Looking for a definition on Wikipedia in order to get a brief overview about the topic for the next blog post, I stumbled over this image:
Thus – a change of plans occurred and the research towards the happenings in the US Congress and why Wikipedia involves themselves began.
In the following post, the terms SOPA and PIPA will be explained and how politics aim to control internet. After having read it you will know more about the current hot discussion about copyright in the web and the effects on us – as daily consumers.
… is that a new girl group? No, certainly not. Some background information: SOPA stands short for Stop Online Piracy Act, a bill introduced in October 2011 in the United States House of Representatives. If it was enforced, U.S. department of Justice and copyright holders would have the right to sue online trafficking such as a website supporting and facilitating copyright infringement. In lighter terms, every kind of file sharing would be a violation of the new law.
Additionally the PIPA bill, a short term for Preventing Real Online Threats to Economic Creativity and Theft of Intellectual Property Act of 2011, aims for the same targets as SOPA:
- stopping piracy through blocking and suing national and oversea websites that seem to provide infringing or counterfeit contents
Loss: 200 billion $
Looking back into the year 2011 we might remember the shut down of kino.to, about half a year ago. A couple of days later, everything came back to normal by just adding one single letter to the URL. The current condition reveals that online piracy resulted into a worldwide loss of about 200 billion US $ for the software, music, video, games and e-book industry, states Lucius Lobo. Thus it seems reasonable and necessary to prevent online piracy, since internet piracy doesn’t only affect the companies’ revenues but also available jobs.
Catch them if you can
Therefore the bills SOPA and PIPA were introduced. According to Meghan Potts who presents an objective view, the main goal is the prevention from (financial) supporting foreign websites violating U.S. copyright law. Besides they aim to immune those who intervene the theft of US intellectual property. Therefore we understand that the focus lies on externals, meaning providers operating from abroad.
Choke the pirates
To understand how the targets are aimed to be realized, let’s have a look at Julianne Pepitone’s arguments. Eventhough online piracy is already illegal, U.S. companies or copyright holders cannot easily take actions against foreign websites offering their content for free. Hence, the bill could enable the fighters to require U.S. providers, search engines and advertising network to cut off their support to these “rogue” sites. Subsequently, Google for example would have to “unflagg” the accused websites and payment processors like PayPal weren’t allowed to transmit funds to them, thus to cut them off the oxygen.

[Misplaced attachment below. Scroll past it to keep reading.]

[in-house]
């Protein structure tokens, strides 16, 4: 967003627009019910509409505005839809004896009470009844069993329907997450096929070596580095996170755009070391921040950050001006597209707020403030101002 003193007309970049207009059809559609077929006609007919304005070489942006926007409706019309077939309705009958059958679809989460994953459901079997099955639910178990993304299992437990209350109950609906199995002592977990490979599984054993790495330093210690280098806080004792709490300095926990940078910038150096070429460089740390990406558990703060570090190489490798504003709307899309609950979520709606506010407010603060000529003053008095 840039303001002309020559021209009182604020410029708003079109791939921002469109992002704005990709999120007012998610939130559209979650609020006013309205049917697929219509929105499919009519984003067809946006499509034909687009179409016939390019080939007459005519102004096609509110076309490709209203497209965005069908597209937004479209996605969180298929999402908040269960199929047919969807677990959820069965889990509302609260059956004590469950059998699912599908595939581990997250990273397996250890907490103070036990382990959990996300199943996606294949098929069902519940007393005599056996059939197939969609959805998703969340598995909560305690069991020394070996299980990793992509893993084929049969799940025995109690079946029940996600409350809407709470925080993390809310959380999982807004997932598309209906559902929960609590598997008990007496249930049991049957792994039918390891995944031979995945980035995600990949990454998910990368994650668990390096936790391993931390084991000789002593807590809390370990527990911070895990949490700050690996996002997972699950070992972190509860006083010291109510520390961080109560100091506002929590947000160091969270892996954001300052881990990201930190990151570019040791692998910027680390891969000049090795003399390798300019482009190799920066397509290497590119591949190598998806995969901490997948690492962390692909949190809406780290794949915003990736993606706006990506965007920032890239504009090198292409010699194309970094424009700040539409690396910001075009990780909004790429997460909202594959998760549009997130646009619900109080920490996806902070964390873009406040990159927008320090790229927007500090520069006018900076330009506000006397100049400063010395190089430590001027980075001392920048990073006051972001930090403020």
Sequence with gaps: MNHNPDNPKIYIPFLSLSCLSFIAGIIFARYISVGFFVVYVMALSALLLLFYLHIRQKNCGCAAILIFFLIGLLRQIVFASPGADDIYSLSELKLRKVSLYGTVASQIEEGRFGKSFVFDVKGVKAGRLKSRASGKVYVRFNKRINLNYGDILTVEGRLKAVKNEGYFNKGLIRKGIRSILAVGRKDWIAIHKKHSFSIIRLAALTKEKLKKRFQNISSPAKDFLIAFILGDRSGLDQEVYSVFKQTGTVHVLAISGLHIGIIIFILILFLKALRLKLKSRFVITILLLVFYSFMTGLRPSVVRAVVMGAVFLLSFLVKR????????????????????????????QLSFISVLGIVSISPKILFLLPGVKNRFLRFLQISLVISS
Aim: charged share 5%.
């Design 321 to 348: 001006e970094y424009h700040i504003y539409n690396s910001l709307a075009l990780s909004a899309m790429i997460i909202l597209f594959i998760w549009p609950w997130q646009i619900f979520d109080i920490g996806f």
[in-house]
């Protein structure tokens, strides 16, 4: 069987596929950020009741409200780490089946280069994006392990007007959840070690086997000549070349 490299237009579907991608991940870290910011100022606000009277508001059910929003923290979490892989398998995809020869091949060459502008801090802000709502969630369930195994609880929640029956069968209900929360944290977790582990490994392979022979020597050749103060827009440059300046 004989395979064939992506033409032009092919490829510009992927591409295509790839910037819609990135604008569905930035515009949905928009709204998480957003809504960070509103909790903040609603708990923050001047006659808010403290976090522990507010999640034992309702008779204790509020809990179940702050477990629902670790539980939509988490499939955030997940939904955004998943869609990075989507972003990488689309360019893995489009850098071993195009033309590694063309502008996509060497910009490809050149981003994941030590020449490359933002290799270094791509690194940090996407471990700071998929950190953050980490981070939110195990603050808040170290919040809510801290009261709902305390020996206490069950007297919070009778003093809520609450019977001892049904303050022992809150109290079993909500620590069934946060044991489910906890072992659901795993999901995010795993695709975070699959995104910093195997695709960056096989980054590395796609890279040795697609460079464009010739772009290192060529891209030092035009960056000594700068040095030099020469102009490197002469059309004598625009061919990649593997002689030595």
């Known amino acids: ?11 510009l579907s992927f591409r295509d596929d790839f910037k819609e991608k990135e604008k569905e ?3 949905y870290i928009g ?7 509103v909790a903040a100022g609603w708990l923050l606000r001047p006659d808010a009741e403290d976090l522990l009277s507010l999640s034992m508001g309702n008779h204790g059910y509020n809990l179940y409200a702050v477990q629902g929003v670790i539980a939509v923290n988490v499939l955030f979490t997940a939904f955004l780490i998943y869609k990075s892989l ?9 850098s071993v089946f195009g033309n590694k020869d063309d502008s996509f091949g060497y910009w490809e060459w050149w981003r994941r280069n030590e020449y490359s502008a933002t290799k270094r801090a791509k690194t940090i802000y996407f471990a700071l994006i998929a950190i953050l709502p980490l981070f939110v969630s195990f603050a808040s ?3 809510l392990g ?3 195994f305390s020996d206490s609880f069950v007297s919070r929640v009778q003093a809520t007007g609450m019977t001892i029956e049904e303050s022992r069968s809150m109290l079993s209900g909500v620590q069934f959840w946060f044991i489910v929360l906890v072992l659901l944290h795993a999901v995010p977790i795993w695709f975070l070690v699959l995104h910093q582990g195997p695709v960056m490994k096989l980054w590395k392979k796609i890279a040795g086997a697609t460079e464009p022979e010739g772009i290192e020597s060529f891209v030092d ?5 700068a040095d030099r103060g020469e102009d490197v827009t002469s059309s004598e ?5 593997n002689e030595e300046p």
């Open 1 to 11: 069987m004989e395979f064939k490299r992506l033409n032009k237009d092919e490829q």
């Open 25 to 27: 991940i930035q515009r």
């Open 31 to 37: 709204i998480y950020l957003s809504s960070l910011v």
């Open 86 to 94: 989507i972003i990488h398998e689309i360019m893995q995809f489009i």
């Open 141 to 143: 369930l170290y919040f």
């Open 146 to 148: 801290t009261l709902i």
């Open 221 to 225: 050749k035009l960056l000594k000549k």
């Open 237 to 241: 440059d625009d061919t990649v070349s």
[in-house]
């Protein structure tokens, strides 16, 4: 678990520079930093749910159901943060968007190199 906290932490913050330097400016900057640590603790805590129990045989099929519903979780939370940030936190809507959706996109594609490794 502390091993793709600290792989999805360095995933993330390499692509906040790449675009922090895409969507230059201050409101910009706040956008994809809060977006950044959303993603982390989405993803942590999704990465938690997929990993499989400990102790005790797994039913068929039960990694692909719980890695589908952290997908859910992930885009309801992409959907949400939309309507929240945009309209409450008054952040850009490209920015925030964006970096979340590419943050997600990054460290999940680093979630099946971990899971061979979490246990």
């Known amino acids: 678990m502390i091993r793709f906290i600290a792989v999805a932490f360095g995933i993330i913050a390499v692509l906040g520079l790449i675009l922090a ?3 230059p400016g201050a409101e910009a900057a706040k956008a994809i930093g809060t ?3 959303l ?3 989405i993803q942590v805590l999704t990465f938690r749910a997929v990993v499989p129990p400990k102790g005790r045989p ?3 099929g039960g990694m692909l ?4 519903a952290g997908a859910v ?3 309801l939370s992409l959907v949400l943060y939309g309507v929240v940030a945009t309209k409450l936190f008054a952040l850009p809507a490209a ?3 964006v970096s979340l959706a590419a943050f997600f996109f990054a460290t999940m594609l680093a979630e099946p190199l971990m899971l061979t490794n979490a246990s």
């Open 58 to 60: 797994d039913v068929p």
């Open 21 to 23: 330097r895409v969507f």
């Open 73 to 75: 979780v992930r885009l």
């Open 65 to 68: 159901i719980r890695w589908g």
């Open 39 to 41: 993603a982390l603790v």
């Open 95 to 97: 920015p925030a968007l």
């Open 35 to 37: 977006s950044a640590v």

Up to now, all of that seems to be the right thing to do, doesn’t it?
So, why did Wikipedia and other websites went black in protest against the introduced piracy law?
Opponents argue about the wording of the bills. Hence sites like YouTube would be threatened to shut down when users upload infringed data. The police strategy would have to be tightened! Facebook founder Mark Zuckerberg stated that the broad definitions would hinder innovation, growth and investment – the drivers of the internet.
John Wales (co-founder of Wikipedia) states in a CNN interview that due to the badly formulation “a DNS (domain name system) blocking regime” would be created comparable to China’s regulation actions (check out Anne’s post to learn more about censorship in China). He claims the Wikipedia community to act as strong defender of copyrights and ensures the detailed research of securing non-piracy. His main fear concerns the right of free speech will be inhibitted by an enforcement of these bills. All in all he does not disagree with fighting piracy, but thinks that the aimed way is not the right one.
So far so good
While researching and writing about this topic, I discovered many interesting and different blogs which are all worth to be discussed here. There is a lot more to come but for now I want to keep it like that.
Currently, we have a brief overview about what is going on, and since the virtual protest by nominal websites such as Wikipedia, Google occurred only one day ago, there will a lot more discussion and material available on the web during the coming days.
To me, the elimination of everyone from the web who acts like a “pirate” or is linked to someone seems very irrational. The illegal practices will still be done, as we can see with kinox.to. Because there are many intelligent people out there, always finding a way around the hurdles. Thus, the legislative might rather consider a system or bill, in order to regard the billions of file-sharers as potential consumers and in what way they can be incented to act as one. And not to rip anything from the web. Answer the question for yourself, how often are you actually acting like a pirate? And why, because it is so easy!
For the next post, I will follow the ongoing discussion and look for different opinions to see how the enforcement of such a bill could affect us in our daily lives and behavior. Besides you will read more about the Plan and the Follow up, applying the Toyota A3 model, which would now blast the frame.
Until then, let me know what you are interested in knowing more about and how you think the enforcement of these bills in whatever way will affect us. Just imagine our blogs were blocked because of linking someone who supplies infringed data?